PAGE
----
The A* (A-star) algorithm: This is a variation of Dijkstra's original ideas, but it uses heuristics to predict more efficiently the shortest path explorations. As A* explores potential graph paths, it holds a sorted priority queue of alternate path segments along the way, since it calculates the "past path" cost and the "future path" cost of the different options that are possible during the route exploration.
Depending on the required result, the specific dataset, and the speed requirements, different algorithms will yield different returns.
No book chapter treating graphs and graph theory—even at the highest level—will be complete without mentioning one of the most powerful and widely-used graph algorithms on the planet, PageRank. PageRank is the original graph algorithm, invented by Google founder Larry Page in 1996 at Stanford University, to provide better web search results. For those of us old enough to remember the early days of web searching (using tools such as Lycos, AltaVista, and so on), it provided a true revolution in the way the Web was made accessible to end users. The following diagram represents the PageRank graph:
The older tools did keyword matching on web pages, but Google revolutionized this by no longer focusing on keywords alone, but by doing link analysis on the hyperlinks between different web pages. PageRank, and many of the other algorithms that Google uses today, assumes that more important web pages, which should appear higher in your search results, will have more incoming links from other pages, and therefore, it is able to score these pages by analyzing the graph of links to the web page. History has shown us the importance of PageRank. Not only has Google, Inc. built quite an empire on top of this graph algorithm, but its principles have also been applied to other fields such as cancer research and chemical reactions.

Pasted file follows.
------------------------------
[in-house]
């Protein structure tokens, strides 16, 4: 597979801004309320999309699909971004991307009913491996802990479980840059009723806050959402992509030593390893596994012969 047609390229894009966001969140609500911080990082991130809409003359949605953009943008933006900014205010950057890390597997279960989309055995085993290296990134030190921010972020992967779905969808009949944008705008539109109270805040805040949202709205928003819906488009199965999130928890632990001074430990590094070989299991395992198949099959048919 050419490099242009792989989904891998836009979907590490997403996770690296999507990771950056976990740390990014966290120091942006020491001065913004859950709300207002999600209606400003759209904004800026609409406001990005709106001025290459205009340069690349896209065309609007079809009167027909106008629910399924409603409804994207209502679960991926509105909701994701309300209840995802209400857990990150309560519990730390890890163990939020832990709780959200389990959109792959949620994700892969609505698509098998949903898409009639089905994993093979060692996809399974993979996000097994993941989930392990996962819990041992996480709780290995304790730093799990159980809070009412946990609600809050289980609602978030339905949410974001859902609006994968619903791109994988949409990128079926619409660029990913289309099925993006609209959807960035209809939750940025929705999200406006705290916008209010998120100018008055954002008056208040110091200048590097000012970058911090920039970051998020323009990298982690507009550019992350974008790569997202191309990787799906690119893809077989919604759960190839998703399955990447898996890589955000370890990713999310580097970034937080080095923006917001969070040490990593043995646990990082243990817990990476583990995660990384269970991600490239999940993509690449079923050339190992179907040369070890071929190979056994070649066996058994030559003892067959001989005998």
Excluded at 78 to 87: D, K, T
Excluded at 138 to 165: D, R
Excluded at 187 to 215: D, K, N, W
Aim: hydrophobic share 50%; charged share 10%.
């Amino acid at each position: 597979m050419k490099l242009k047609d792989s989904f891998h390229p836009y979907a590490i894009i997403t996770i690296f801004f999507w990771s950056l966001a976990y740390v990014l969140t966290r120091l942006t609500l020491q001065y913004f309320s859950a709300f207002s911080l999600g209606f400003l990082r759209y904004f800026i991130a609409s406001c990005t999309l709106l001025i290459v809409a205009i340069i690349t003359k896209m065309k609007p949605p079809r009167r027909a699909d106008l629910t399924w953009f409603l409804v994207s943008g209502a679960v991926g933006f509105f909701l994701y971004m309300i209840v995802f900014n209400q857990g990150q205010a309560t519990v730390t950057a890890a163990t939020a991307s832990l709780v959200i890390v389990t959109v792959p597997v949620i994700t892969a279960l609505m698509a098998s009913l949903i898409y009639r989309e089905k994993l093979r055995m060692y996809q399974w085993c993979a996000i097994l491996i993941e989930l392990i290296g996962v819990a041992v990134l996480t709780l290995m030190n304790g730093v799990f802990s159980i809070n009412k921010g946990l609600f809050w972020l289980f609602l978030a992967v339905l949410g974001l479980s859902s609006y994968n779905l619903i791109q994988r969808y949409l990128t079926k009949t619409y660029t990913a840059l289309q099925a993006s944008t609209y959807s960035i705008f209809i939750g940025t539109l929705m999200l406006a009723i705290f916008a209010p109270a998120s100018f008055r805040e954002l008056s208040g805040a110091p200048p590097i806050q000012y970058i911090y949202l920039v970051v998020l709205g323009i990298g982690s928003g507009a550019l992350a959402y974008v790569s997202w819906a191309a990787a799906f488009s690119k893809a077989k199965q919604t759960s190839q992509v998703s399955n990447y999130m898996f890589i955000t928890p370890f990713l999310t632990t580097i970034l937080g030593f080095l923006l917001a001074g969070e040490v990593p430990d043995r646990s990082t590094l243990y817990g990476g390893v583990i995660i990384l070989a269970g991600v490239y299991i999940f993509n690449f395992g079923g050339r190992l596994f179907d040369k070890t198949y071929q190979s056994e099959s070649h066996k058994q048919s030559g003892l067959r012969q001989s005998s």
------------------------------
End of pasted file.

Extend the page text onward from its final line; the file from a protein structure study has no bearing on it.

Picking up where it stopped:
Q1. Graph theory is a very recent field in modern Mathematics, invented in the late 20th century by Leonard Euler:
Q2. Name one field that graphs are NOT used for in today's science/application fields:
Q3. Graphs are a very niche phenomenon that can only be applied to a very limited set of applications/research fields:
In the first chapter of this book, we wanted to give you a first look at some of the concepts that underpin the subject of this book, the graph database Neo4j. We introduced the history of graphs, explained some of the principles that are being explored in the fascinating mathematical field of graph theory, and provided some examples of other academic and functional domains that have been benefiting from this rich, century-long history. The conclusion of this is plain and simple: Graphs Are Everywhere. Much of our world is in reality dependent on and related to many other things—it is densely connected, as we call it in graph terms. This of course has implications on how we work with the reality in our computer systems, how we store the data that describes reality in a database management system, and how we interact with the system in different kinds of applications.
In the next chapter, we will start applying this context to the specific part of computer science that deals with graph structures in the field of database management systems.